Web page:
Where to start or end?

To reflect on the Bangkok trip I first try to go backwards from now: The last report includes our collective learning from the trip and so does the post-fieldtrip presentation; the trip itself was eye-and-mind-opening  in many ways (group, bangkok and project) and all the reading and knowledge we were trying to gather and analyse beforehand started making sense in an easier and clearer way on the ground while of course building on the theory. Then the trip is also building on the two presentations before and the sessions by DPU staff and other practitioners as well as on the other two terms of the MSc that the trip is connected with. There is also another trip to Bangkok a while ago and other places that I travelled to which I catch myself comparing to in terms of communities’ living conditions, climate, history and culture and speculating how this program or another CODI could work there. So right now, there are a a huge amount of connections between places, times, people, ideas and decisions made during the process that need to be filtered more and synthesized.

To go forward from now: there is still the interview this week (not to mention the dissertation) and answering the question for myself of how to work after this year.

The last remarks of Soomsook – after a whole range of quote-worthy ways of expressing how CODI and the B.M. program works, with a talent of making things sound so simple – were intended for us as transforming/becoming practitioners and the freedom she sees in the development process that we witnessed:

“This demand driven, community driven process is (…) a very powerful process. I have been thinking many times [that it creates a new freedom to let the people lead the development process.] But it becomes like a loosing battle because the whole world is dominated by the development concept in which the supply side plans (…) for the people. [The way we do things is liberating. (….) It’s not only about housing, but all about being creative in all kinds of development goals. (…) And it’s very natural; it’s easier, I tell people, than supply side planning. It’s simpler, easier and big scale. The only thing we have to think about it how the system supports this huge amount of energy and mechanism: finance, planning, land, whatever. If we understand that new technique, instead of us defining a technique and getting the poor to follow our technique and system (…) then we let people start and design a system to facilitate this. It’s a simpler and more exciting kind of development and its real. If we want to solve poverty in a big way, hopefully these 2 weeks will open up a new freedom of how to do things in your own system (…) in your country.” (Soomsook, concluding remarks @ CODI, 22.05.11)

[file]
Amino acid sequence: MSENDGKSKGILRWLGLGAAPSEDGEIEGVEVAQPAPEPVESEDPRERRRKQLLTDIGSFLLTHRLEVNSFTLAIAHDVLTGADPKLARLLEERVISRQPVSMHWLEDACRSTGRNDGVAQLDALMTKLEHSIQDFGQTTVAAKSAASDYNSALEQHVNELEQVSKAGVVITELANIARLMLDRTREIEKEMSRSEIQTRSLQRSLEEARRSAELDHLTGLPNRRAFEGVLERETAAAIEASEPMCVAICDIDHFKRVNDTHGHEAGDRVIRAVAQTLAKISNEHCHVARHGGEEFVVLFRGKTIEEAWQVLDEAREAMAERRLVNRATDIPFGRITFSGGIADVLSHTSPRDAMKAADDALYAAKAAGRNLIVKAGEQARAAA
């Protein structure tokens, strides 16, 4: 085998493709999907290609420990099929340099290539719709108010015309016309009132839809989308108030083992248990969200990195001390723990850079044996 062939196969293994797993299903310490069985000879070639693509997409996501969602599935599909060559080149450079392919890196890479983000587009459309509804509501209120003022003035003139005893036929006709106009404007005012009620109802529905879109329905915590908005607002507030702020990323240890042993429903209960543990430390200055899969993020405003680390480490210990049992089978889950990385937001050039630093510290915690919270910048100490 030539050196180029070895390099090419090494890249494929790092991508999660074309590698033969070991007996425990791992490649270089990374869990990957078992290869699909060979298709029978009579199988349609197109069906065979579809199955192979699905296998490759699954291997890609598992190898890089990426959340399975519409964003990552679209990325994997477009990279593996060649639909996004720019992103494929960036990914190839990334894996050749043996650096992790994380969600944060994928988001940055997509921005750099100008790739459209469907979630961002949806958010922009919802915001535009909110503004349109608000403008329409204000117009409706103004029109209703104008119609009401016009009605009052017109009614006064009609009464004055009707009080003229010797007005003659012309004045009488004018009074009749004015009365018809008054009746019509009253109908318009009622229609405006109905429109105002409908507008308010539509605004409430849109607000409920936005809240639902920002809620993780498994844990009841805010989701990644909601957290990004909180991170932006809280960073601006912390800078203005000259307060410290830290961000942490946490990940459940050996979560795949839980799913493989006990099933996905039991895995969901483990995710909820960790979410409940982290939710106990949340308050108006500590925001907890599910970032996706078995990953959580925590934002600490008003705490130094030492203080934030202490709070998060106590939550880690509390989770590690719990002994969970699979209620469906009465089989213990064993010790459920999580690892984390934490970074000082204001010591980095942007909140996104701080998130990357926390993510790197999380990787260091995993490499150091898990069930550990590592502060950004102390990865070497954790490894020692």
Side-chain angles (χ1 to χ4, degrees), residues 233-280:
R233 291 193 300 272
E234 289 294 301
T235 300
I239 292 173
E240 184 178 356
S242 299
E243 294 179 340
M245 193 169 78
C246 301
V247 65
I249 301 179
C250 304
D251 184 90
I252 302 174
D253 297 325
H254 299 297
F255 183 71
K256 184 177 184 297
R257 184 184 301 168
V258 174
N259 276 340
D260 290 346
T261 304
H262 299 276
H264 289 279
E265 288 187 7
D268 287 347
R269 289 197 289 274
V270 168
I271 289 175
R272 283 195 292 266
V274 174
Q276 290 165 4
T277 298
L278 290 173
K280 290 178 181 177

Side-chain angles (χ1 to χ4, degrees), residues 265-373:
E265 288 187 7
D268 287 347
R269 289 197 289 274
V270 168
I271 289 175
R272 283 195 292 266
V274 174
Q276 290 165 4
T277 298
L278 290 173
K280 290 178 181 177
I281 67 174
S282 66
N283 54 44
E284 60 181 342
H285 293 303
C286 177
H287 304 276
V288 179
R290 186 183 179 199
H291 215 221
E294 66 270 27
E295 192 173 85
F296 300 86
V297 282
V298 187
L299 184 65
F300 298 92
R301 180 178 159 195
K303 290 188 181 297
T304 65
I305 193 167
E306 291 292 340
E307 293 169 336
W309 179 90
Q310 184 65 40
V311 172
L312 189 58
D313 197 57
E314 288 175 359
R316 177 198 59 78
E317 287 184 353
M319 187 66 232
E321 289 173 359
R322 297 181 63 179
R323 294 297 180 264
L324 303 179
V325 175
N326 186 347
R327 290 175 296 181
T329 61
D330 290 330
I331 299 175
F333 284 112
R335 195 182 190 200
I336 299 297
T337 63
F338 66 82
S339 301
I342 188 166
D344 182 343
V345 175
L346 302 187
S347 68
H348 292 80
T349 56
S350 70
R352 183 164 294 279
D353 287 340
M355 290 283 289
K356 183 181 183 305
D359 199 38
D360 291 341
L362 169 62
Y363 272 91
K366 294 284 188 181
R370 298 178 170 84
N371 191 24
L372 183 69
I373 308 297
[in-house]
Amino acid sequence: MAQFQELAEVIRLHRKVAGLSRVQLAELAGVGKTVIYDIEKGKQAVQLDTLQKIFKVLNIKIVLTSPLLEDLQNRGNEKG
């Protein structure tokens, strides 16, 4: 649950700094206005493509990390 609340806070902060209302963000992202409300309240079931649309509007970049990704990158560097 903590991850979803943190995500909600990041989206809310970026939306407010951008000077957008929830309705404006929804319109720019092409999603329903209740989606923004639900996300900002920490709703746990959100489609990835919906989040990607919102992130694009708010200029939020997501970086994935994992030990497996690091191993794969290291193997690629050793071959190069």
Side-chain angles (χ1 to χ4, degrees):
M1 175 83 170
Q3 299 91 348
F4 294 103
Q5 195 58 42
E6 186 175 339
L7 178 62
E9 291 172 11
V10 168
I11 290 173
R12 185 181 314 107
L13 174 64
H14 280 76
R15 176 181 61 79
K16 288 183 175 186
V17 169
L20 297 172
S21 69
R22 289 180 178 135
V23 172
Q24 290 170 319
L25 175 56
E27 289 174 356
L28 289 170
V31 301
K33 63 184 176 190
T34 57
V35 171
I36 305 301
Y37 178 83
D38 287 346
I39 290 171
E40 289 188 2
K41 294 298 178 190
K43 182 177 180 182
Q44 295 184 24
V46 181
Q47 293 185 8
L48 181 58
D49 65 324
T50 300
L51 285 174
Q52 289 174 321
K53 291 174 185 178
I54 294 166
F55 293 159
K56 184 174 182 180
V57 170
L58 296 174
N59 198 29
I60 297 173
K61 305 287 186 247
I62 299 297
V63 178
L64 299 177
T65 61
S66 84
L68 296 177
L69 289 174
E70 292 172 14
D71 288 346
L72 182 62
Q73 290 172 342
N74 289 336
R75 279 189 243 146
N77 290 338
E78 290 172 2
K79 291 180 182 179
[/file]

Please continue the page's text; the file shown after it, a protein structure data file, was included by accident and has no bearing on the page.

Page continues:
House no. before/after B.M.

I found this very inspiring when I heard her explain. Upon writing it down I am now wondering where in this the architectural profession fits in? Yes, there is the community architect movement, which for coconut-group triggered some questions about possible limitations mentioned in earlier blogs.

Architects are working in a process of listening and trying to understand the system of a community, firm, institution, family or city, how a space is being used and how to change or build one that facilitates the aspirations of the users and then coordinate and make it real. Additionally, through knowledge the amount of adaptations and iterations necessary for testing a pilot or innovative idea to become mainstream can be reduced. What else is needed to design a system to facilitate what people do (as Soomsook says)? For myself I am adding (for now) thinking in the necessary scale, in terms of networks and including freedom.

And also, if we are taking her suggestion literally to multiply change and take this or other approaches into our own counties: Design a finance systems, find powerful partners, raise a fund, mobilise people, get people to take real or perceived risks they wouldn’t normally take, convince others to do things that they think is impossible and to join a vision beyond their day-to-day. And probably a few other things.

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